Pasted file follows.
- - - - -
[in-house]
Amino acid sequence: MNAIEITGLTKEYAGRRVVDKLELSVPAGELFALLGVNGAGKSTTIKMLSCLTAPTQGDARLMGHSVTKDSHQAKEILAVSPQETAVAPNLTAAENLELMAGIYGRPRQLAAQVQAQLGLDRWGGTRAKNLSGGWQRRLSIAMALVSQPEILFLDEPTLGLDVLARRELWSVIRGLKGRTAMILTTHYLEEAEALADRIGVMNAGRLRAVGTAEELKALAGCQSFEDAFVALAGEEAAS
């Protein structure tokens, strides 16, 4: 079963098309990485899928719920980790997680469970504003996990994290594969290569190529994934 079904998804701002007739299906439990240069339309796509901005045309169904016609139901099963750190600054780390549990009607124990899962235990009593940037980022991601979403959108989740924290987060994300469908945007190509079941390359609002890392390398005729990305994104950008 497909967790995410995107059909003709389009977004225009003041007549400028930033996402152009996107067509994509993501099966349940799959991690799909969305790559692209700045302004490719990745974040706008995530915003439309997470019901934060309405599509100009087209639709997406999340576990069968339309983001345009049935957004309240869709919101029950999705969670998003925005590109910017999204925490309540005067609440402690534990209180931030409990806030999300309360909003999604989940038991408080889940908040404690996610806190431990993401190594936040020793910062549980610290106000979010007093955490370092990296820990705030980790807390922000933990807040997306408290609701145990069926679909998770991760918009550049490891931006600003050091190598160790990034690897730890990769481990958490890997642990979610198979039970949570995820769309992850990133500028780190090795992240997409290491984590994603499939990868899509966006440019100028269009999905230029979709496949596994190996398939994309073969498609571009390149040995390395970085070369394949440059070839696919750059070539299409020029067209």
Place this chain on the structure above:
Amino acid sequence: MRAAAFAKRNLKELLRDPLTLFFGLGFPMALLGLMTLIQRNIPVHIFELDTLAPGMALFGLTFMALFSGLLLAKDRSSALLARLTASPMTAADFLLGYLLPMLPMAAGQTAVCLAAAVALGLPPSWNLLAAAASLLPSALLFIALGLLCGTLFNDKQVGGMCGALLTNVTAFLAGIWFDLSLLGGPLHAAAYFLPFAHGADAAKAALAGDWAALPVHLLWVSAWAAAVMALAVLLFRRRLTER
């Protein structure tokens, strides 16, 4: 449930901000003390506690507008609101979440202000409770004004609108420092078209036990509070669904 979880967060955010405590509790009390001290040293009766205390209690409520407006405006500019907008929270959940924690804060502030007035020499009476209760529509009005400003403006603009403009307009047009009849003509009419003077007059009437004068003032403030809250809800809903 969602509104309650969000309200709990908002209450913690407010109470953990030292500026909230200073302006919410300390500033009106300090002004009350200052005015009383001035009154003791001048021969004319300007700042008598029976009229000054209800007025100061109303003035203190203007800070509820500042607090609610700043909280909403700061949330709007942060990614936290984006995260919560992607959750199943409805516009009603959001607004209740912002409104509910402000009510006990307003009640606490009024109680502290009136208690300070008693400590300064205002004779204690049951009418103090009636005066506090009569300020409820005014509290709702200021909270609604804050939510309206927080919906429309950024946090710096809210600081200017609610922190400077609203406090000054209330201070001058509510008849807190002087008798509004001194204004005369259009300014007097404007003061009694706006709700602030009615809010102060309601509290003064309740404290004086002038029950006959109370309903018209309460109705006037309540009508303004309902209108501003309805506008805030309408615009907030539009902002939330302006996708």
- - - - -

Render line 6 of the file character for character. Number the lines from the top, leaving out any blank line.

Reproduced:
């Protein structure tokens, strides 16, 4: 449930901000003390506690507008609101979440202000409770004004609108420092078209036990509070669904 979880967060955010405590509790009390001290040293009766205390209690409520407006405006500019907008929270959940924690804060502030007035020499009476209760529509009005400003403006603009403009307009047009009849003509009419003077007059009437004068003032403030809250809800809903 969602509104309650969000309200709990908002209450913690407010109470953990030292500026909230200073302006919410300390500033009106300090002004009350200052005015009383001035009154003791001048021969004319300007700042008598029976009229000054209800007025100061109303003035203190203007800070509820500042607090609610700043909280909403700061949330709007942060990614936290984006995260919560992607959750199943409805516009009603959001607004209740912002409104509910402000009510006990307003009640606490009024109680502290009136208690300070008693400590300064205002004779204690049951009418103090009636005066506090009569300020409820005014509290709702200021909270609604804050939510309206927080919906429309950024946090710096809210600081200017609610922190400077609203406090000054209330201070001058509510008849807190002087008798509004001194204004005369259009300014007097404007003061009694706006709700602030009615809010102060309601509290003064309740404290004086002038029950006959109370309903018209309460109705006037309540009508303004309902209108501003309805506008805030309408615009907030539009902002939330302006996708």